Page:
The filmmakers prove this through example and expert testimony. Manson mentally corralled his band of followers into “group think,” says criminal psychologist Bryanna Fox. “I am Charlie,” we hear Walleman say in the lost footage, with eerie retrospective foreshadowing of “I am Negan” response on The Walking Dead. “If he dies, I die. I’ve given up my personality.” Another follower explains how Manson captured his followers’ hearts, and the first shot of love felt like heroin.
Cult expert Rick Alan Ross weighs in on the lost look in all the followers’ eyes, as they had no more thoughts of their own. Sex, combined with domination and drugs keep the family under control and docile. Isolated at the ranch, they only had Manson’s word for what was going on in the world as he forms a bubble to create a perfect breeding ground for his ideas.
The documentary adheres to the time line, starting with happy footage of the freewheeling hippies grooving in the grass on LSD to where they started witnessing Manson doing things normal people couldn’t do. One follower remembers Manson beginning to cast himself as god. The flock took the full dosage of whatever Manson was dishing out, while he himself took less. This wasn’t largesse on the father figure’s part, he just wanted to stay in control to he could keep them controlled.
“You are born with a natural instinct to be selfish,” Manson preaches on one of the tapes. But then people are “taught to follow society’s rules until a man stands in a cage because he was taught to.” Charlie would do anything to survive, the followers know, but it doesn’t stop them. “It’s groovy to blast a guy in the stomach just because he’s black,” says Watson at one point. “Death is no big deal, when somebody needs to be killed you do it and move on,” Sandra Good says.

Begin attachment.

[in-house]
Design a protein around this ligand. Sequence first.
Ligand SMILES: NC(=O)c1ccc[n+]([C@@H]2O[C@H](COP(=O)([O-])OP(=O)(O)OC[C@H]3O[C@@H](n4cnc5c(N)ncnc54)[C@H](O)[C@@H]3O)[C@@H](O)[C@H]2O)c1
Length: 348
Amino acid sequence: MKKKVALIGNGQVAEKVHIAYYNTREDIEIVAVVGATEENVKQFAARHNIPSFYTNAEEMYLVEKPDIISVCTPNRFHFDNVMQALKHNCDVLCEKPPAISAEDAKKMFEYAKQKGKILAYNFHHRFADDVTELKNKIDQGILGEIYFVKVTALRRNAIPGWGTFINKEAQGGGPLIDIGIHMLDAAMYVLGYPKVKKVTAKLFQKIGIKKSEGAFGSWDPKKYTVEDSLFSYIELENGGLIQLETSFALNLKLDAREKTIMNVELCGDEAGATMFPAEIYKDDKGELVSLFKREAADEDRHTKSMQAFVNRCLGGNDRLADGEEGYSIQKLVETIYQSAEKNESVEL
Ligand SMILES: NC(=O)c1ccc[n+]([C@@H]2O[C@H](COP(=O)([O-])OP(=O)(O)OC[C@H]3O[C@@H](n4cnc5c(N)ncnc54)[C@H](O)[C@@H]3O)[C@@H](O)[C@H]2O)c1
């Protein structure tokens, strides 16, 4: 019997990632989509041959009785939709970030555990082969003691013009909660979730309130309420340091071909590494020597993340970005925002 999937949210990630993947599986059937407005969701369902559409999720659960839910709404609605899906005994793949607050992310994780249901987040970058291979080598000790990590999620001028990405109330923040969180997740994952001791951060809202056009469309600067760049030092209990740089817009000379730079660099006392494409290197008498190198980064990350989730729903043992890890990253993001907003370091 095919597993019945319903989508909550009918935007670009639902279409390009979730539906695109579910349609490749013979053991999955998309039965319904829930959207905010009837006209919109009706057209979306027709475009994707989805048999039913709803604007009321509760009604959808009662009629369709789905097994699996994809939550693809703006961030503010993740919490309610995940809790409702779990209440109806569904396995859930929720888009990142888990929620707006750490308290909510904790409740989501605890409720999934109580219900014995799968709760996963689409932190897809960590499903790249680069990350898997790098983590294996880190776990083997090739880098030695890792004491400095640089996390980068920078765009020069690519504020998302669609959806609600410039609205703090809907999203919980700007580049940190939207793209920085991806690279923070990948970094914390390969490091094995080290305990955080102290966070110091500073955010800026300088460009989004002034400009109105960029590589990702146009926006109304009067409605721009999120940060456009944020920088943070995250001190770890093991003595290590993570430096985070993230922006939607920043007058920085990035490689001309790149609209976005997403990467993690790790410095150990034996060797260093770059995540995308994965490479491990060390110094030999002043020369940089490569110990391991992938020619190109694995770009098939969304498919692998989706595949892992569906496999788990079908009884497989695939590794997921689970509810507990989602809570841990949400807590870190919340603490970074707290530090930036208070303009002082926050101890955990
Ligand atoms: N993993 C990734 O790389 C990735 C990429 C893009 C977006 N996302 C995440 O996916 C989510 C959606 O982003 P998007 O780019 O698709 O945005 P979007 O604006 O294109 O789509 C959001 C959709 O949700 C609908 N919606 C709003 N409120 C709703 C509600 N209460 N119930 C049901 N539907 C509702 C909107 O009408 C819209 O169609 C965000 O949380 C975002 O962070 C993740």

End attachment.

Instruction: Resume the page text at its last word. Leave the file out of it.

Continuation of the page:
The special features an exclusive interview with Bobby Beausoleil, from prison, where he is serving a life sentence. Beausoleil recounts how Manson sliced off Gary Hinman’s ears with a samurai sword and left Bobby to deal with the fallout. Manson told him to be a man, just like he’d shown him, drawing first blood. At first Beausoleil says he tried to help Hinman. But when he realizes bringing his wounded drug connection to a hospital will just land him in jail, Beausoleil figures only option he’s got it is to kill him. Inferred by the new testimony, it seems Manson put that conclusion into his head before long Beausoleil stabbed Hinman twice in the chest.
By the summer of 1969, Manson wanted to bring on a chaotic Armageddon, says filmmaker Peter Coyote, a consistent presence in the underground world of the west coast at the time. Penel Joseph, a Civil Rights historian, explains how Manson manipulated the fear of black led racial violence to turn paranoia into power. Manson twisted the words and ideas of The Beatles, though his followers misspelled “Helter Skelter,” the basis for his twisted theory of revolution. Manson saw the The Beatles as the 4 Horsemen of The Apocalypse, and the song about a coming race war. While songs like “Blackbird” reflect the Beatles take on an unjust system, the black man on the bottom of Charlie Manson’s slide had to be framed into turning over the system. Manson set the crimes in the most affluent areas of Hollywood, Beverly Hills. He stole the ideals of the revolution and warped them. Coyote recalls how even the Hell’s Angels motorcycle club wanted nothing to do with the race war Manson was pushing.
The most effective footage comes from Lynne Squeaky Fromme and her two counter-revolutionary sisters Sandra Good and Nancy “Brenda” Pitman. It comes across like the deranged army recruiting ad the family members probably saw it as. The intensity of the women is mesmerizing as they cock their rifles and offer up their philosophy and undying love of their fearful leader. The Manson women called themselves the Devil’s Witches or Satan’s Maidens and wore denim MC jackets with the names emblazed in a sultry blood red.